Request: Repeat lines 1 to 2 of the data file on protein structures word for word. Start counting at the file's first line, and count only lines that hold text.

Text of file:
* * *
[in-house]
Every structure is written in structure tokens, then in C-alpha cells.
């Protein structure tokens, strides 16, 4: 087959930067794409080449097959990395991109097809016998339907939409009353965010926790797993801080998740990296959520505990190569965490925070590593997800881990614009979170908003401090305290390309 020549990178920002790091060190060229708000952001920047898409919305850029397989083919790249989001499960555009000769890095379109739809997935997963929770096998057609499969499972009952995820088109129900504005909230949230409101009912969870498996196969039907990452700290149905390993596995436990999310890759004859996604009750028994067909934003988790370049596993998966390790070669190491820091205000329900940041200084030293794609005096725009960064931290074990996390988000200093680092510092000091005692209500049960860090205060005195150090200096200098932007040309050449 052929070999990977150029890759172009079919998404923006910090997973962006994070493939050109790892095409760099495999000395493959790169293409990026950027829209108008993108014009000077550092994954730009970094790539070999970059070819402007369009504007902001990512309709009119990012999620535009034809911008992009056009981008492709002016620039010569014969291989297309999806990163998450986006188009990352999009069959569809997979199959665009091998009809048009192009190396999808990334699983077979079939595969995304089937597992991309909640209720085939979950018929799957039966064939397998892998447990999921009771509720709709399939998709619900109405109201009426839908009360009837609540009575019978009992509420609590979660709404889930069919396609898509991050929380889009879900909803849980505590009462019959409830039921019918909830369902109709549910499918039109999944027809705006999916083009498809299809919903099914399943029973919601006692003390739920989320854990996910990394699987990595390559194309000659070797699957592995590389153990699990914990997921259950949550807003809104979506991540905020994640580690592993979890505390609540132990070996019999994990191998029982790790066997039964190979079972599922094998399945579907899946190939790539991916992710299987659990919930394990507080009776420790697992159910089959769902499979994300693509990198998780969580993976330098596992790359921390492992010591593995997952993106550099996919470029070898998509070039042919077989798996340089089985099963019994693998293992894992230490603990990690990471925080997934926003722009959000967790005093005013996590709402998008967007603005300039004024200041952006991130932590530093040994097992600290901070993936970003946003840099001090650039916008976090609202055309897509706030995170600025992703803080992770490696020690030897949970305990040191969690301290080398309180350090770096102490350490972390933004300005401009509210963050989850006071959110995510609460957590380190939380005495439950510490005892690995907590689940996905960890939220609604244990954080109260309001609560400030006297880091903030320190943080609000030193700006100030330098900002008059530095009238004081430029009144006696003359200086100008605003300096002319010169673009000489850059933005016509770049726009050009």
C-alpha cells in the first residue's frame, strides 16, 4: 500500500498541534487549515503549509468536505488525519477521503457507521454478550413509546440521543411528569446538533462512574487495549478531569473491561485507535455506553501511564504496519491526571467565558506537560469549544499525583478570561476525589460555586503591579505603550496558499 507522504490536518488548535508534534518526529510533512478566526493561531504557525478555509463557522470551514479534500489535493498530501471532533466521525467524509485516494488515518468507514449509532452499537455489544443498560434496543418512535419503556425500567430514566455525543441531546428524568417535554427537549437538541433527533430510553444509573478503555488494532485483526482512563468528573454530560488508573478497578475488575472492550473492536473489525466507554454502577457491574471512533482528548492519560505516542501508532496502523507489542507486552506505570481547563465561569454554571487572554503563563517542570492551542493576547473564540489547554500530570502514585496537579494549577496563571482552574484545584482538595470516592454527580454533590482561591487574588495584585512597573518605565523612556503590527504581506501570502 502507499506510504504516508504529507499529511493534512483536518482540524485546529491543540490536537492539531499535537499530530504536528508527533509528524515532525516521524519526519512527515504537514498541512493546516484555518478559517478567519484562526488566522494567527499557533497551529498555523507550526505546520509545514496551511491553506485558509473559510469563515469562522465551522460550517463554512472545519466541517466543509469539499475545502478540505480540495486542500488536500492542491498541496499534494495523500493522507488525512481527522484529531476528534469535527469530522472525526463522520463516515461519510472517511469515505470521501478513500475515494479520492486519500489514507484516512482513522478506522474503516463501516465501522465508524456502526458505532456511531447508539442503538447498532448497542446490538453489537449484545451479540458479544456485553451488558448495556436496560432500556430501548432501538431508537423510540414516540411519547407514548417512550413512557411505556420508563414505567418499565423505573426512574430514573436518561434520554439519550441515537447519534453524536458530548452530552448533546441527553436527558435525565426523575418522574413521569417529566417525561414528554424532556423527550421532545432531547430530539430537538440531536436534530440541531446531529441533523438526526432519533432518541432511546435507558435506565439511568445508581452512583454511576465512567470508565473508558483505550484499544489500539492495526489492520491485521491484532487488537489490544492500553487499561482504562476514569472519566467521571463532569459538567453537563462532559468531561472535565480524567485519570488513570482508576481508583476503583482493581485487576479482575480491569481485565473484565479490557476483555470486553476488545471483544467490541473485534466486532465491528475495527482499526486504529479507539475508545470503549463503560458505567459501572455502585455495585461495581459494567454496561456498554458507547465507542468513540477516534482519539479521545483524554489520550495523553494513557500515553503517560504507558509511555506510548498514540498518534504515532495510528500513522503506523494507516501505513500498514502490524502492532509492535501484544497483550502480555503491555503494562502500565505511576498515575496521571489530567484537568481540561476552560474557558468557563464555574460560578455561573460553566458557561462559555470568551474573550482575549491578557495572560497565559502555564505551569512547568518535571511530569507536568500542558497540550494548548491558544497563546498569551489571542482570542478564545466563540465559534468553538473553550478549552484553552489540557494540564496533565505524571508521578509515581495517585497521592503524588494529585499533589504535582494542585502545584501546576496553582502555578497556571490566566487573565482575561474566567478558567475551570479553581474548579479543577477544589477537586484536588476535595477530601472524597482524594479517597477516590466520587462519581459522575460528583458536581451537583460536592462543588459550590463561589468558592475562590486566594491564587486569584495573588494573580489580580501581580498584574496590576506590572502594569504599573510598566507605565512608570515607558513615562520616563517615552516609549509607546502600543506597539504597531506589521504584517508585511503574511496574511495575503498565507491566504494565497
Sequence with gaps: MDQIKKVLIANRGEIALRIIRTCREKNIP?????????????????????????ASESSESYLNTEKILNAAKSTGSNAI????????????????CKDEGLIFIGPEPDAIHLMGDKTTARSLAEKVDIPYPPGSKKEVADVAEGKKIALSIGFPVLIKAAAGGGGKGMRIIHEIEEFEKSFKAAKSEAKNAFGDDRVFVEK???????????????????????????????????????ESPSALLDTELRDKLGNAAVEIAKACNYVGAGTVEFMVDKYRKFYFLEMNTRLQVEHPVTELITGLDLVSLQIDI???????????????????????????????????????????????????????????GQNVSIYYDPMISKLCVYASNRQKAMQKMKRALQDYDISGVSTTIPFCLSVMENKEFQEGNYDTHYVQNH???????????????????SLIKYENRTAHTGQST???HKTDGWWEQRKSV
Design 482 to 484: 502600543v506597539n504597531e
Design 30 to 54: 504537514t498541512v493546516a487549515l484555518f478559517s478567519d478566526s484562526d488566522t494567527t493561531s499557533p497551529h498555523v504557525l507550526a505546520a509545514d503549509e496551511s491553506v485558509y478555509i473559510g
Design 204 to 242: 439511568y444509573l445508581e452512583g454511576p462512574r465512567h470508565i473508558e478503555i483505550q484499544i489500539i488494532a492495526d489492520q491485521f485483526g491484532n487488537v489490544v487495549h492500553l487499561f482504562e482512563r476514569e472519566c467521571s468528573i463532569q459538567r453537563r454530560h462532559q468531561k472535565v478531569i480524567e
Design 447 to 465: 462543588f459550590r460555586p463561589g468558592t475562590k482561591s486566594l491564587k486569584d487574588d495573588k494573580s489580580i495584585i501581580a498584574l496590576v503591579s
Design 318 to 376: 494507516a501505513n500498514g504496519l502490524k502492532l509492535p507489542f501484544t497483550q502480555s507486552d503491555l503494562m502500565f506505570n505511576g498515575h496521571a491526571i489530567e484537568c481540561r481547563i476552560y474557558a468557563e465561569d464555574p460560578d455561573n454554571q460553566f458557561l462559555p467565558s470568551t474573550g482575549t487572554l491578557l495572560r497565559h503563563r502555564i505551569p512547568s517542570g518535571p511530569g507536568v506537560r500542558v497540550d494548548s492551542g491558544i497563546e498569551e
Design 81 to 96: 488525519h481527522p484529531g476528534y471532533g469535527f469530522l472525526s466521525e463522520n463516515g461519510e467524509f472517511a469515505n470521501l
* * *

[in-house]
Every structure is written in structure tokens, then in C-alpha cells.